Decedent worked for many years as a cashier in his [Ledet's] grocery stores. She quit or was fired at least five times. During this long relationship, she always worked for prevailing minimum wage as an hourly employee. Decedent became pregnant; she took a leave of absence and, after her baby was born, began working for Leday's [sic] new business, Mr. Dee's Arcade. She worked Thursday, Friday, Saturday and Sunday. She was shot around 7:00 p.m. on Sunday evening by a third party. She died on November 7, 1993. Mr. Dee's was organized by defendant. Defendant obtained the occupational license, secured the lease, negotiated the installation of video games, provided the financing, provided the deposit to turn on the electricity, prepared and maintained the books, and, generally did what one would normally expect an owner to do for his business. Decedent was a cashier and made change for the kids. She was not even give a key to the business. Total control of the business was retained by Leday [sic].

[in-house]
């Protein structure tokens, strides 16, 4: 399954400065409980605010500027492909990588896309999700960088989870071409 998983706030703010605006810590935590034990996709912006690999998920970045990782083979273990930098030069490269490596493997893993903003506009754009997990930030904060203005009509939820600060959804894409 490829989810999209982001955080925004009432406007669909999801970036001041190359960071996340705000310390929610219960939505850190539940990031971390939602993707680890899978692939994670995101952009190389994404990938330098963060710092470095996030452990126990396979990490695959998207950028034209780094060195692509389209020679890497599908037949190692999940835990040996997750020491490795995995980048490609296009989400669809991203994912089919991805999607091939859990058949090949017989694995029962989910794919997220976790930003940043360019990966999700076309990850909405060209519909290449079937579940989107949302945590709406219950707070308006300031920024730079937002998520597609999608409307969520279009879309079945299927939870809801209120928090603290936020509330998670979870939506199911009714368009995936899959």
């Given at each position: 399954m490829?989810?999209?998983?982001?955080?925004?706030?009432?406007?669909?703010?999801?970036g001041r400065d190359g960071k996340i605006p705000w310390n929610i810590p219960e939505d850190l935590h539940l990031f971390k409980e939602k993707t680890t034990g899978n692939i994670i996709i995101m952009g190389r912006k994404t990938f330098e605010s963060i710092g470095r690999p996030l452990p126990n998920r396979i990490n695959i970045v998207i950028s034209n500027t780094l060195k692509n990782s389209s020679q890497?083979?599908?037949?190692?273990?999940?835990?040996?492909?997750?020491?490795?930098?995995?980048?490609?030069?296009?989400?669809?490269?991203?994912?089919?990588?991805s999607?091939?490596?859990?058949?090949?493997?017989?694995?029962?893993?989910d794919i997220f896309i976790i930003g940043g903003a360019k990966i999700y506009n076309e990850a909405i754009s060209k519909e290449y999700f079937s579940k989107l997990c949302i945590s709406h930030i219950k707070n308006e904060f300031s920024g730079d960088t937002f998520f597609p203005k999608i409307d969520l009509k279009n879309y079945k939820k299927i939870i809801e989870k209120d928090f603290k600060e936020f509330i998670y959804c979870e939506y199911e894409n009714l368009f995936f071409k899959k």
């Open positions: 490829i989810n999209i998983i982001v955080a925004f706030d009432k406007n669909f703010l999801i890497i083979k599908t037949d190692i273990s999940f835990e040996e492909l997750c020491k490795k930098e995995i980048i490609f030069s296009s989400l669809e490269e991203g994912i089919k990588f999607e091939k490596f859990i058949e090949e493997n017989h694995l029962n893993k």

Ledet denied that Ms. Harris was his employee; instead, he alleged that she was his partner in the arcade business.

Mr. Harris and his son testified that his wife returned to work for Ledet in the capacity of an employee, and was to receive minimum wage to be paid on a weekly basis. Neither Mr. Harris nor his son had first hand knowledge of the business relationship. They testified as to what Ms. Harris told them about her employment. On the other hand, Ledet testified that the agreement between him and Ms. Harris was a partnership with Ledet investing money and Ms. Harris working as manager. Ledet was also responsible for making all arrangements necessary to secure an occupational license. Ledet further testified that he and Ms. Harris agreed to share in the profits on an equal basis. Ms. Harris was shot only four days after the Arcade opened, and no profit was realized. Ledet testified that the business experienced a loss which was attributed fifty percent to Ms. Harris. Ledet has not billed the estate for this loss. Other than his own testimony and that of his good friend, Ernest Alexander, Ledet did not submit any other evidence of the existence of a partnership between him and Ms. Harris.